Company director shot himself dead on Mossley rifle range after traumatic split

By Alec Whitaker, Cavendish Press

A COMPANY director shot himself dead on a Mossley rifle range after becoming overwhelmed by a traumatic split from his girlfriend, an inquest heard.

Emil Malinski, 29, was engaged in target practise with a .22 calibre Rimfire air rifle on November 2 last year and had fired 39 pellets but then suddenly sat down and turned the weapon on himself.

Staff who heard a chilling ‘thud’ at Tameside Pistol Club, Weir Mill, found Mr Malinski dying in a booth with fatal head injuries. He was subsequently pronounced dead in hospital.

It emerged he had been legally entitled to the use the gun even though he was unsupervised and had a history of depression and low mood. He left notes for relatives apologising for his impending suicide.

The coroner said he would be sending an account of the tragedy to Home Secretary Priti Patel saying there needed to be more “coherent legislation’’ about the use of small rifle ranges.

Polish-born Mr Malinski, from Rusholme, was a director of his own electrical installation company and had met the unnamed woman online and it is thought she moved in with him and her young son.

Tameside Pistol Club

But university friend Cara Elliott told the Stockport hearing: “The relationship ended in 2020 and he was devastated. I saw him on in October last year and it was the lowest he has been in his life.

“He said he did not want to live in Manchester anymore and that going to go and live with his parents in Poland.

“My partner contacted him, and he was saying he wanted to die but did not give any further details.

“He stopped contacting me and he closed his social media accounts.. He was acting out of character and was taking balloons and drugs.

“Later he brought chocolates around to my parents and said he was leaving England and not coming back. He was not answering any of our messages.

“The police later phoned me and said he had died at a shooting range. He never mentioned firearms or going to a gun range.”

To became a member at the range, a police vetting process must take place, and detailed medical history has to be sought but the hearing was told Mr Malinski was still permitted to fire his own air rifle at the range, and use firearms owned by GM Guns.

Graham Burns, who owns GM Guns and works at the pistol club, said: “Emil became such a regular at the facility we invited him to become a member, but he declined the offer of completing an application form.

“He would use his own air rifle and no one had expressed any concerns, he was well presented and very polite. He would not always sign the visitors register but there were no problems with him shooting.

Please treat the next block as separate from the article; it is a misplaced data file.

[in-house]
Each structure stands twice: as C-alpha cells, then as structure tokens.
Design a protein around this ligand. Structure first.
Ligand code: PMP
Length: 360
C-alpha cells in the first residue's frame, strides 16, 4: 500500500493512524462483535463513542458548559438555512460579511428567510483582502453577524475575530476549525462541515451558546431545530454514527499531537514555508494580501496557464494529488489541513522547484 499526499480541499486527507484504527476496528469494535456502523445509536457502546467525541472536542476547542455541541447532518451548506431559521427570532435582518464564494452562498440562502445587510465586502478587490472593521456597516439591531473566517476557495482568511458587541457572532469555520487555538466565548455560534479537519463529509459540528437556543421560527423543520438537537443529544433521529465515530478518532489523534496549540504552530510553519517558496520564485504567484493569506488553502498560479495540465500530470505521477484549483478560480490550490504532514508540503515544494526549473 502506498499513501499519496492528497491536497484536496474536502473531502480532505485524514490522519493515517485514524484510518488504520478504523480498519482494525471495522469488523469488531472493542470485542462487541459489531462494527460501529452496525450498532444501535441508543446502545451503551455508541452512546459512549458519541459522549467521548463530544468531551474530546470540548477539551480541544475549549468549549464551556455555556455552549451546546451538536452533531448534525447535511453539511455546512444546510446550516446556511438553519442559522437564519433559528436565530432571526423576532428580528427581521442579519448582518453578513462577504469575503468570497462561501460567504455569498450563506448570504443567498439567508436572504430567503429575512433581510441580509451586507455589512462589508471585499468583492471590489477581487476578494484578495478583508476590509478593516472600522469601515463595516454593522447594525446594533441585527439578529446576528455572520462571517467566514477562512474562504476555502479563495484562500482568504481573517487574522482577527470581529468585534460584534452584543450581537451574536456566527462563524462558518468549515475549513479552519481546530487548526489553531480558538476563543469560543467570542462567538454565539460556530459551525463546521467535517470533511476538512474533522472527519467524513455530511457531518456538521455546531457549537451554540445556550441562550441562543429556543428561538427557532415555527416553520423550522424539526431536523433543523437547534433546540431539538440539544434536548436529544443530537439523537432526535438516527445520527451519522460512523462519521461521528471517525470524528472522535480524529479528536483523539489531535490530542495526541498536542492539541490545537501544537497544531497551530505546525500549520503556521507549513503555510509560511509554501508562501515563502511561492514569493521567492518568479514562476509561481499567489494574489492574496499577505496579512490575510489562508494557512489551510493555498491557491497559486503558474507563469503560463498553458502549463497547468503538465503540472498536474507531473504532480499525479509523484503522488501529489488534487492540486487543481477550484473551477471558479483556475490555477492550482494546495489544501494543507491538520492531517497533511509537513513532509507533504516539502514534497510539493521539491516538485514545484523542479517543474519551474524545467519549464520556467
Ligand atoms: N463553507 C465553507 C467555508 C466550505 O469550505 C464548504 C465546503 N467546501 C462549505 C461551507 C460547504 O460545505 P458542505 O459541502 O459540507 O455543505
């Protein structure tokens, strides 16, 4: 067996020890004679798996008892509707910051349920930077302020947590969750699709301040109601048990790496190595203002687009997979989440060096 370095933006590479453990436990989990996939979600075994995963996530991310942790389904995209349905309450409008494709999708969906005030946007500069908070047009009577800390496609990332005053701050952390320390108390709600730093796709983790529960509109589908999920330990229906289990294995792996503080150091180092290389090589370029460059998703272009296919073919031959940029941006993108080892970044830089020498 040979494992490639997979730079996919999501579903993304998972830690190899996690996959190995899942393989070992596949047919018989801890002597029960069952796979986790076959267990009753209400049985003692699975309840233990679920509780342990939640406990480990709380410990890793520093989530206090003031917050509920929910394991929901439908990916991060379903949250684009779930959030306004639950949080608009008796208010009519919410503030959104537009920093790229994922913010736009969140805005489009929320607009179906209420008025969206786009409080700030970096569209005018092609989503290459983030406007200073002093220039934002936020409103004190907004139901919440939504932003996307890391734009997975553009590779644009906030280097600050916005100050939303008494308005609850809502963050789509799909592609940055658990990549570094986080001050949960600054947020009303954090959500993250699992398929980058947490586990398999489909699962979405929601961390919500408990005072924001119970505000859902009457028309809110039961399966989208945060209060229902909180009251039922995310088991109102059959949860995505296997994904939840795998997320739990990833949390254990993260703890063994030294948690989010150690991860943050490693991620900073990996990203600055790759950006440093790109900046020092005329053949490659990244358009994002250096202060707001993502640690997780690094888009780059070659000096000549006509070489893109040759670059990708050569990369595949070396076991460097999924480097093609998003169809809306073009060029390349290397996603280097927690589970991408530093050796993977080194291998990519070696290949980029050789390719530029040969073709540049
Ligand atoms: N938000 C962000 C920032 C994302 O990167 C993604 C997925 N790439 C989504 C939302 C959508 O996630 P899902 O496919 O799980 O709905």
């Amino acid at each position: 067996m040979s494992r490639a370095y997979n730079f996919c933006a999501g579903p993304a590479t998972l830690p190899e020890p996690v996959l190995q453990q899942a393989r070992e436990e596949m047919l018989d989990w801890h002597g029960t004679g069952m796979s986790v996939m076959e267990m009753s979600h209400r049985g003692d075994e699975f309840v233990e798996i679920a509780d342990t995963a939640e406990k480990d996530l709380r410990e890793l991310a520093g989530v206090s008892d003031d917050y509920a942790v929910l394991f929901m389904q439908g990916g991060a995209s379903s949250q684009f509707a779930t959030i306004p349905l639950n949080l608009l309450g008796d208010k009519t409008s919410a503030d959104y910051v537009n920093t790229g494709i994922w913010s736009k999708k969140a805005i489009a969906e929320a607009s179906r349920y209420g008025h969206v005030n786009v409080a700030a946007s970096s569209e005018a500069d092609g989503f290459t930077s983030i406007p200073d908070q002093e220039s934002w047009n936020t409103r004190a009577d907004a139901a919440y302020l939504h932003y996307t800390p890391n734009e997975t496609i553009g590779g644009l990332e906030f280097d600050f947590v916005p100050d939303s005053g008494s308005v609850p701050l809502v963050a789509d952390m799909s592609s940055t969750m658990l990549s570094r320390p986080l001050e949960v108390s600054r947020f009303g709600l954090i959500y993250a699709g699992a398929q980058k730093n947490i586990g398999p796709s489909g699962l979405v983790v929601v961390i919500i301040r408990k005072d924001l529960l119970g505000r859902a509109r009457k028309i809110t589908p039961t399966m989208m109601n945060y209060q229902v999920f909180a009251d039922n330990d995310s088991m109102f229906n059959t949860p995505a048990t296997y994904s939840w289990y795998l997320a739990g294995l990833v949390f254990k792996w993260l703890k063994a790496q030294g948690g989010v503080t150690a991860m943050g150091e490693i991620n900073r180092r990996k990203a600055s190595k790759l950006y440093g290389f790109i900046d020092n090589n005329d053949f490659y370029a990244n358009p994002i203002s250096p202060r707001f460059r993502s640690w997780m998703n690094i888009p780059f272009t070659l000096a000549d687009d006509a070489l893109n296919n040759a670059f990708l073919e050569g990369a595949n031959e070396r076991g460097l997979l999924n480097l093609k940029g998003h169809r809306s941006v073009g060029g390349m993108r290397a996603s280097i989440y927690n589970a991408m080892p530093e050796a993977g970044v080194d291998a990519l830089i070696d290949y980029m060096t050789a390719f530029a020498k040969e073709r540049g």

“I chatted with him on the day he died. He left the range often to go outside and smoke. I chatted to him briefly about his gun that morning and then I stopped him to discuss methods offered to him to stop smoking.

“He said he had tried various things and it was a standard conversation.

“I had been gone five minutes before I got a phone call in my car that something awful had happened.

“A retired police officer who happened to be at the range took the lead in administering first aid.

“I gave him a .22 Rimfire rifle that same day and he had access to that and his own rifle.

“Anyone can take a .22 rifle and use it for their own enjoyment without requiring a firearm certificate.

“We have no qualms to say we did everything we possibly could. He was not someone on my radar who would cause mischief or self-harm.”

Police coroners’ officer Andrew Stevenson said: “I got called to a call of a significant head injury. It was an unsurviveable gunshot injury.

“This was not something anyone had done, he had done it himself. There was no third-party involvement and no suspicious circumstances.

“He left a small note on the range apologising for what he had done and contact details for his cousin as an emergency contact. He said in the note that there were letters in his laptop. He gave us a trail.

“We attended his home address and seized his phone from the range and laptop from his home.

“It appeared the laptop was mainly used for gaming. There were some significant documents files on his desktop saying ‘SOS Adrian’ who was his cousin and a folder saying ‘Last Will’.

“Upon further inspection on the laptop, there was research of ballistic and pellets. He had clearly done research on air rifle pellets.

“The letters were very clear he was going to end his life. He had researched and planned but had not planned a date.’’

The inquest was told Mr Malinski had been to see his GP in June 2020 asking for antidepressants as he had a history of low moods.

Recording a conclusion of suicide, coroner Chris Morris said: “Emil was someone who was suave and entertaining, but he was also deeply troubled.

“He sought some assistance for low mood and formed a habit of attending a gun club. I am satisfied that he intentionally fired a shot to his own head. I am going to issue a report to the Home Secretary.

“There is absence of a coherent legislation around how miniature rifle ranges should operate.
“I send my condolences to his family and friends.”

Under the 1968 Firearms Act a person can use a miniature rifle at a range without certificate as long as the firearm does not exceed a .23 inch calibre.

The legislation does not make clear what level of supervision is required when using the rifles.

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